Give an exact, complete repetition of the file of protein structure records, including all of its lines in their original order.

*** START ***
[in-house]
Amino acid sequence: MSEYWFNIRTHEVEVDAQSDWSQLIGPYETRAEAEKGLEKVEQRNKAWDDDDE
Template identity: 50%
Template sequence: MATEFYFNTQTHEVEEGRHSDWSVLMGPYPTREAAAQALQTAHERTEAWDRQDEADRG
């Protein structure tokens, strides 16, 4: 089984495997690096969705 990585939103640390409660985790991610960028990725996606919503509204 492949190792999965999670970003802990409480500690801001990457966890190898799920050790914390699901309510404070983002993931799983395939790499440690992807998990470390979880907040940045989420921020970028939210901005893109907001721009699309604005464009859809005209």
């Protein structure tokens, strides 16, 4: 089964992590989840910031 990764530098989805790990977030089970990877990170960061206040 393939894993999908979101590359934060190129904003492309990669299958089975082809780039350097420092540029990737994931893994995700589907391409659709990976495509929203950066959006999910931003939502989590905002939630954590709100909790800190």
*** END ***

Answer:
[in-house]
Amino acid sequence: MSEYWFNIRTHEVEVDAQSDWSQLIGPYETRAEAEKGLEKVEQRNKAWDDDDE
Template identity: 50%
Template sequence: MATEFYFNTQTHEVEEGRHSDWSVLMGPYPTREAAAQALQTAHERTEAWDRQDEADRG
């Protein structure tokens, strides 16, 4: 089984495997690096969705 990585939103640390409660985790991610960028990725996606919503509204 492949190792999965999670970003802990409480500690801001990457966890190898799920050790914390699901309510404070983002993931799983395939790499440690992807998990470390979880907040940045989420921020970028939210901005893109907001721009699309604005464009859809005209």
């Protein structure tokens, strides 16, 4: 089964992590989840910031 990764530098989805790990977030089970990877990170960061206040 393939894993999908979101590359934060190129904003492309990669299958089975082809780039350097420092540029990737994931893994995700589907391409659709990976495509929203950066959006999910931003939502989590905002939630954590709100909790800190």